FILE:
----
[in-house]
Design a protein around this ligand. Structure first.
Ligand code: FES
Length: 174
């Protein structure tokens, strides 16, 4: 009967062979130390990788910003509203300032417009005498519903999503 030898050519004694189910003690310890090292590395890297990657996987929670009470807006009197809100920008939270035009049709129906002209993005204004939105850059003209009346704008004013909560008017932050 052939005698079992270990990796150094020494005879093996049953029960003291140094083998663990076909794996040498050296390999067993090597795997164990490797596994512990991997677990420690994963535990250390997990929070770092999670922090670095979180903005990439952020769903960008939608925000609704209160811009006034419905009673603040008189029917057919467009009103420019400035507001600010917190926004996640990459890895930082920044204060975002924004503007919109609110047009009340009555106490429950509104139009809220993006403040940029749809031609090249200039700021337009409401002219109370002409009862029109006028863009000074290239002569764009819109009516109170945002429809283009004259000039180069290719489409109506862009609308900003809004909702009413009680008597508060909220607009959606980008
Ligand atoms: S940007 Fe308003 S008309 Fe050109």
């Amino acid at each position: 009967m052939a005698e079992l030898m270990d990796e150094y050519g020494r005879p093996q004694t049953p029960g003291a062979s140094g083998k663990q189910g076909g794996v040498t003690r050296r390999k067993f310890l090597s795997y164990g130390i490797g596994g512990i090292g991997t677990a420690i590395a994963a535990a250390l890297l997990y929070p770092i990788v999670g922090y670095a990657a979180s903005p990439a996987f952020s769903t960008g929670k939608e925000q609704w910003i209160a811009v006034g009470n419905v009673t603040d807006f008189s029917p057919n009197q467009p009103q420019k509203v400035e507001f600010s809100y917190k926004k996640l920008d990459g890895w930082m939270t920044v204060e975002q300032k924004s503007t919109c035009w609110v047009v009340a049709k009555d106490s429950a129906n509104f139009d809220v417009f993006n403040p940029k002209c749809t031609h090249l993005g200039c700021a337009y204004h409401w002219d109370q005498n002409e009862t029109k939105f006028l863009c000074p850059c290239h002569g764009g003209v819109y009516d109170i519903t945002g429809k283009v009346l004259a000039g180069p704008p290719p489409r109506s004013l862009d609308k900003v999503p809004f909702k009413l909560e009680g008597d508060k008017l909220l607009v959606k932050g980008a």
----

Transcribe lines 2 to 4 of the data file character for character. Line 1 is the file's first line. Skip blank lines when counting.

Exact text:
Design a protein around this ligand. Structure first.
Ligand code: FES
Length: 174